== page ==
Originally Posted by ChristinaM View Post
Storage for food & extra drinking water would be my only real concerns, assuming you're fairly used to the motion of the boat in ocean waves. Sailing NE of Halifax, I would guess you know what her motion's like in weather.

I'm ending up with the smallest boat my husband thinks he can live on, 38'.
Water is our main issue with this boat. Food while doing passage making will be freeze dried/dehydrated packaged meals ie the ones you add boiling water to to reconstitute. As well as the usual quick energy foods requiring little if any prep work.

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post #7 of 36 Old 02-01-2012
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Just a thought on the food rations. I would look into canned foods that will not need re-hydration thus allowing for more efficient use of your limited water supply.
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post #8 of 36 Old 02-01-2012
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Cool, I'm looking into doing the same thing.

1 gal water jugs work good. Even better with an extra empty 5 gal collapsable tank like those sold in camping supplies. with a clean tarp, and funnel to capture rain water.

On some of those boats the swing keel has a locking bolt to keep from undeploying during rough seas. If it doesn't think about building one.

Upgraded rigging, and reinforced mast step should take care of most issues, every boat of every size has it's weaknesses.

Locking pins on hatches, and hatch boards, drains on cockpit lockers, seals on lazeret lids,....

And with a solid hull, and good ballast ratio, it should be just fine, after all you will be "coastal sailing", and can escape major storms if you watch the weather.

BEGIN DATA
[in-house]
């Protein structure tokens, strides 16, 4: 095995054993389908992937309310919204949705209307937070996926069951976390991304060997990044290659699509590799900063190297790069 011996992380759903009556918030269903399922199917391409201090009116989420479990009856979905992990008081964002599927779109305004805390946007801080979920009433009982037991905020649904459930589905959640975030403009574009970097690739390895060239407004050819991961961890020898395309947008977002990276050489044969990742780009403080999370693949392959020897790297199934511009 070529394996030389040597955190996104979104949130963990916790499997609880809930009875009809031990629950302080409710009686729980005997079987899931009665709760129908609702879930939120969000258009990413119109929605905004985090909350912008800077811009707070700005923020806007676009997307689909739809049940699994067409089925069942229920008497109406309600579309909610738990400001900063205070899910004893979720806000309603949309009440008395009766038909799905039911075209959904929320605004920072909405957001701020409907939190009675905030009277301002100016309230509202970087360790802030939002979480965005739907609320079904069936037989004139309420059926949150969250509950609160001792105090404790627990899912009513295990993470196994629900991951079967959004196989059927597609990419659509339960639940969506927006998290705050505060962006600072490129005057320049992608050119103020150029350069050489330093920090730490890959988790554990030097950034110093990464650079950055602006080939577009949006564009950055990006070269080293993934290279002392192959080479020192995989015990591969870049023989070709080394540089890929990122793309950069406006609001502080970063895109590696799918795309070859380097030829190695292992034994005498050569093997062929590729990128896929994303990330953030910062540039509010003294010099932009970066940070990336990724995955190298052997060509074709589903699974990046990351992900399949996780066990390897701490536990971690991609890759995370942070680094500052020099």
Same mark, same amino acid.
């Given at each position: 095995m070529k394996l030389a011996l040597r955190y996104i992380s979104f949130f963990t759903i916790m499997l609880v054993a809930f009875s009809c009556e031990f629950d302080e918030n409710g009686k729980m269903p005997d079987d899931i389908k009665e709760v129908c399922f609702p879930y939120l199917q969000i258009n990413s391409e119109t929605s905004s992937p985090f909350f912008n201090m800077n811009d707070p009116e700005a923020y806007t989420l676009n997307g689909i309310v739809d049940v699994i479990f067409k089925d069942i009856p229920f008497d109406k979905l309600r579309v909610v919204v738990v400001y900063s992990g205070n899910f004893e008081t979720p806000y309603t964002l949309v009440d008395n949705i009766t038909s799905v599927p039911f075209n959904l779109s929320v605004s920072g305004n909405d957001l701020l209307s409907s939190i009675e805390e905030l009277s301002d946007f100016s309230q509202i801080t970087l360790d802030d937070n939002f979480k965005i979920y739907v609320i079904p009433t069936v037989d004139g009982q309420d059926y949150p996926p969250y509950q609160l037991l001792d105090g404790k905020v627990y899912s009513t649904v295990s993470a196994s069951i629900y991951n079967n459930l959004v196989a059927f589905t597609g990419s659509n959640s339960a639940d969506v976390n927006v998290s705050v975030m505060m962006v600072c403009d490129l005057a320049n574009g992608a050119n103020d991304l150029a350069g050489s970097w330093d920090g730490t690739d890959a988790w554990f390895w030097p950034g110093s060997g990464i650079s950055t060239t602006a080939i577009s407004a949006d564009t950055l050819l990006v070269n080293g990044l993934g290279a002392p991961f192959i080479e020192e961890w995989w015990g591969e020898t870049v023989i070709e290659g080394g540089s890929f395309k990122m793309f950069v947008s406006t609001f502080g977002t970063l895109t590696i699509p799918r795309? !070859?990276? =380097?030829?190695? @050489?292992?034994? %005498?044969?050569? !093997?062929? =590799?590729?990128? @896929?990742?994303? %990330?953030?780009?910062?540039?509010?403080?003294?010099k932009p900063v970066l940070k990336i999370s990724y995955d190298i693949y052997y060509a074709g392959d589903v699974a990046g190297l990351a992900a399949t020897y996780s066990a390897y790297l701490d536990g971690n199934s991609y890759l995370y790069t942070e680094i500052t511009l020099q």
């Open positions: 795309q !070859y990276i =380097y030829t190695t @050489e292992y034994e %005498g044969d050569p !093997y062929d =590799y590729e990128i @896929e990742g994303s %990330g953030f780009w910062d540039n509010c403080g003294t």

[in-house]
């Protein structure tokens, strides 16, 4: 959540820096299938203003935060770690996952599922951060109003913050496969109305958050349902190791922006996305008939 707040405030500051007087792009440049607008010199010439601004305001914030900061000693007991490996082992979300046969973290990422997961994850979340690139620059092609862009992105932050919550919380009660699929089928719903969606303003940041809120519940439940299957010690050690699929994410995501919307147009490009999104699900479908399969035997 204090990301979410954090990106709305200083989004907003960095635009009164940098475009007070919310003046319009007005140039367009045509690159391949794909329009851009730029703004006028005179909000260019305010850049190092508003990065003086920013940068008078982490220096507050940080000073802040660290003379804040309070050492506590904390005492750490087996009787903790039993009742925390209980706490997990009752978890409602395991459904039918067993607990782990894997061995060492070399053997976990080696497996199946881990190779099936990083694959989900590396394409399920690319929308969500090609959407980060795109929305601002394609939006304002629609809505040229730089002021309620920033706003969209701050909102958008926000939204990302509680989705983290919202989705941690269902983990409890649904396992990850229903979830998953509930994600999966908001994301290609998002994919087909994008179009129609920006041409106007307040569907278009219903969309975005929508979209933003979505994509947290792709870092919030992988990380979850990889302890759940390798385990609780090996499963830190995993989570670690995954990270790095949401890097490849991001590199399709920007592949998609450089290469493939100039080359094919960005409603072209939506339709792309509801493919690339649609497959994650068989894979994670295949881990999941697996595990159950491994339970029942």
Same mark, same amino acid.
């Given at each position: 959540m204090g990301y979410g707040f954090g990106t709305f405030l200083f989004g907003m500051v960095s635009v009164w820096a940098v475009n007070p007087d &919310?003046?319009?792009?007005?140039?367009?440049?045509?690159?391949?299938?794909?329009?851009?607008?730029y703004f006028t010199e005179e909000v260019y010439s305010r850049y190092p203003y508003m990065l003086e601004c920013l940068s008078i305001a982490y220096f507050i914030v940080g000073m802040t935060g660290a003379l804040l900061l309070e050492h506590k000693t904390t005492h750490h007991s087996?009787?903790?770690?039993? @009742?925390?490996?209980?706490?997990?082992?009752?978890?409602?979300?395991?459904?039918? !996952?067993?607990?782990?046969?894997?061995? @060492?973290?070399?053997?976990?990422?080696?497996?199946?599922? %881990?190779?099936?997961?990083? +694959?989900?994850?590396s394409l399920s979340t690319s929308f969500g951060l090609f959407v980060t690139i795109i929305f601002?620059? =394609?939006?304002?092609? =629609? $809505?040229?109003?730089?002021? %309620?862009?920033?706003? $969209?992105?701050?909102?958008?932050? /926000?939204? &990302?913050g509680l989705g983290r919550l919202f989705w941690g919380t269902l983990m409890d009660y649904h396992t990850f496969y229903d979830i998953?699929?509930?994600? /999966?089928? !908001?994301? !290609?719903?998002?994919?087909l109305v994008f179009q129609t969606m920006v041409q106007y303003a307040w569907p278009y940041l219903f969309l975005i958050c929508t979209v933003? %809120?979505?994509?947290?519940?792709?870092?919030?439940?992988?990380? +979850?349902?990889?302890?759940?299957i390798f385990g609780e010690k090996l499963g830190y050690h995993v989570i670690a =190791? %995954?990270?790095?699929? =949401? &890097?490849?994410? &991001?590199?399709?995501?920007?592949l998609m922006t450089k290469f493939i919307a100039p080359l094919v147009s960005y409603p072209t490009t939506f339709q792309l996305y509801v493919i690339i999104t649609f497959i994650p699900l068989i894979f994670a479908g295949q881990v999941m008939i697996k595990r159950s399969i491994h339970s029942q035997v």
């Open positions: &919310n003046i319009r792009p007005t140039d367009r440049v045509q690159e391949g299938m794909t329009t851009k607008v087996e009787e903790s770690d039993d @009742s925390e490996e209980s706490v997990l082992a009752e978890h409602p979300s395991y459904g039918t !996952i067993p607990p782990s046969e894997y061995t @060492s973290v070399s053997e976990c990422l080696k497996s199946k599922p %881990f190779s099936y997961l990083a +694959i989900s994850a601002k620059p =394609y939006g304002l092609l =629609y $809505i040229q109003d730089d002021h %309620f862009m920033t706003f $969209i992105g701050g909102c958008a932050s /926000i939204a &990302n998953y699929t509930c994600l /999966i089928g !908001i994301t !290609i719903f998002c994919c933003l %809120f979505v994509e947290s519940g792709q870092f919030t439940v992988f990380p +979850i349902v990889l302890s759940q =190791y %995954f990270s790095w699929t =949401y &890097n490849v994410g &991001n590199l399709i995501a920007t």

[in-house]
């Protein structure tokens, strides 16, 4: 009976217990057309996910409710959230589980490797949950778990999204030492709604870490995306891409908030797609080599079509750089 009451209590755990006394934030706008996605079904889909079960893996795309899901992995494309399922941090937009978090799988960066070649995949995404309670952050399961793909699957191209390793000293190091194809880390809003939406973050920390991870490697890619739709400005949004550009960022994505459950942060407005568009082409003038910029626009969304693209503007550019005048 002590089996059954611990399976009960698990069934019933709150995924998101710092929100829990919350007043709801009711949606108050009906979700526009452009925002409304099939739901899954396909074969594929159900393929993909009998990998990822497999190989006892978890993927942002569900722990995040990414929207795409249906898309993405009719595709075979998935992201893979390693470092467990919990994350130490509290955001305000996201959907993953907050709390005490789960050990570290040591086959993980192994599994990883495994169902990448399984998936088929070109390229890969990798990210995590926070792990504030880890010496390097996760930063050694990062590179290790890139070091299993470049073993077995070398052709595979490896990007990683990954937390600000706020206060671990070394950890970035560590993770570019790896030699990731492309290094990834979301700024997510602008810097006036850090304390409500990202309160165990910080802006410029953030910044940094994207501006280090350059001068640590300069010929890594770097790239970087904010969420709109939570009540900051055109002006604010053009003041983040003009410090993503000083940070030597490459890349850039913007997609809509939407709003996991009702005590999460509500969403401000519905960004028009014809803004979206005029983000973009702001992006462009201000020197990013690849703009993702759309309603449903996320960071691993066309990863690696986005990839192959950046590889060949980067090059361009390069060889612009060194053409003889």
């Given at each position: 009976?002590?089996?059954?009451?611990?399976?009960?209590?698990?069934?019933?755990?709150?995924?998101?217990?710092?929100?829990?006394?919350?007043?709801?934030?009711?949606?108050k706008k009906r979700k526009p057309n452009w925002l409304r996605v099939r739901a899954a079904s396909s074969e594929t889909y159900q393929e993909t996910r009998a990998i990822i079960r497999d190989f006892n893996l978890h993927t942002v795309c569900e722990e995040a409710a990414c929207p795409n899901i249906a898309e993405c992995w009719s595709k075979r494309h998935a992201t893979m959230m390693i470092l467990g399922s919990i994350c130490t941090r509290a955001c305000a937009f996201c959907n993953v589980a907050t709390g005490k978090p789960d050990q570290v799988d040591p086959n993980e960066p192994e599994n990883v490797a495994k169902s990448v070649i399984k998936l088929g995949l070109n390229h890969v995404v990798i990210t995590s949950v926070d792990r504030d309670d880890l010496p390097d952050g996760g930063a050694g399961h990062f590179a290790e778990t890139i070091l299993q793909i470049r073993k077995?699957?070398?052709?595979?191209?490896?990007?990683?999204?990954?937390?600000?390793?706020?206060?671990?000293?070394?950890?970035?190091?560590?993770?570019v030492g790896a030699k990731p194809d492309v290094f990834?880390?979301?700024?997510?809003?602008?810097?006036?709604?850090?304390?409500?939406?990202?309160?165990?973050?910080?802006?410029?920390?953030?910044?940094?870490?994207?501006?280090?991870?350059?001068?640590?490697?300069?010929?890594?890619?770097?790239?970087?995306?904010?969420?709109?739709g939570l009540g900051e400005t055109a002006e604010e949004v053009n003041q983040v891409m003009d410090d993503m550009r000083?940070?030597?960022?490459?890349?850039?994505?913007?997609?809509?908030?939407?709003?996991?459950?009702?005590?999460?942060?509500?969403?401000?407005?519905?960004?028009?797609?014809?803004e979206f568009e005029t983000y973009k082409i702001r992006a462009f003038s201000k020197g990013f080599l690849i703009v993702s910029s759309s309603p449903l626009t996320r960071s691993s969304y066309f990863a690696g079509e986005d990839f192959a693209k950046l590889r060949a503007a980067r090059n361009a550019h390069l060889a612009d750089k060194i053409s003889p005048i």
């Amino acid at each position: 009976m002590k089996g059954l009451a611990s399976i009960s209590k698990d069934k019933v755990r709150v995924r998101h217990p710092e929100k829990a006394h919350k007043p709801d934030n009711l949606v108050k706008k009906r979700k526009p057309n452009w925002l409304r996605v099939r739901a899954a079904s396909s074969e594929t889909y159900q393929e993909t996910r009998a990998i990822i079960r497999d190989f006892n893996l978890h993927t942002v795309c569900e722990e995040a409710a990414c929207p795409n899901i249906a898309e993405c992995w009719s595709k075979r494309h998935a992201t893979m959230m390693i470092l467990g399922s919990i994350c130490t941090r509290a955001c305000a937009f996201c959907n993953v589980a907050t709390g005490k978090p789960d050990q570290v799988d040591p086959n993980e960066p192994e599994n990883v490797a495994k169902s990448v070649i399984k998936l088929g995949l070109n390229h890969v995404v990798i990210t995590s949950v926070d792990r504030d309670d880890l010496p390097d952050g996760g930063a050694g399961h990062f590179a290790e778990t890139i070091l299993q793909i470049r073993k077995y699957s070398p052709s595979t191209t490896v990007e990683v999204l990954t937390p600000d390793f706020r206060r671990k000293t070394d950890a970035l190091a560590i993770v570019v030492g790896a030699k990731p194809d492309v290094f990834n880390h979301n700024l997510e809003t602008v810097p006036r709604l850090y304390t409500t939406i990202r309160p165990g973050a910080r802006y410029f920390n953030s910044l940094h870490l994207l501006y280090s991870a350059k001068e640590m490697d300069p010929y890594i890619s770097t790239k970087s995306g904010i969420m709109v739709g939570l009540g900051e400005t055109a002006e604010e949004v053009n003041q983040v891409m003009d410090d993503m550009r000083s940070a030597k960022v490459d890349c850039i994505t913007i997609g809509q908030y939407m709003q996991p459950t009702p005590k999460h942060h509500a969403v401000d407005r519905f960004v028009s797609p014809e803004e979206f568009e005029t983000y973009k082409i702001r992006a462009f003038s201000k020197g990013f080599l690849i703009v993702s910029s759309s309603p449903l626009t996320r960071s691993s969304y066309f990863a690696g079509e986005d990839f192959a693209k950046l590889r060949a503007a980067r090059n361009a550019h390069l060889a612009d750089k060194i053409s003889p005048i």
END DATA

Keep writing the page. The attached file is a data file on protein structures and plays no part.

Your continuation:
That size of boat will fit in ICW easily, and is an option if it gets too nasty offshore.

I'm also working on a "pocket sailer", and I hope to meet you in the Carribean someday. :thumbs up:

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post #9 of 36 Old 02-01-2012
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long ago i decided not to install a regular water tank,you can never be sure of the water quaility in many places,i just use the one gallon water jugs and store them in any available space,i take saltwater baths and wash my clothes in salt water,i've never came close to running out of drinking water,a smaller boat can be seaworthy[flicka] comes to mind but for many people comfort is the main concern
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post #10 of 36 Old 02-01-2012
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You can find accounts of coastal cruising in small boats. I don't have a link, but there is a couple cruising Central America in a modified SeaPearl (21'?) and blogging. I read in Messing About in Small Boats (magazine) about a guy cruising the Bahamas in a boat under 20'. I did some coastal cruising solo in a 20' weekender (Pennant Sloop) halfway around Long Island NY. That boat had no motor, no plumbing, no wiring. A portapotti, cooler, camp stove and two five gallon water bottles did fine. I hopped along shore in the ocean and the Sound, took her through NY Harbor and Hell Gate. You can do it if you are careful.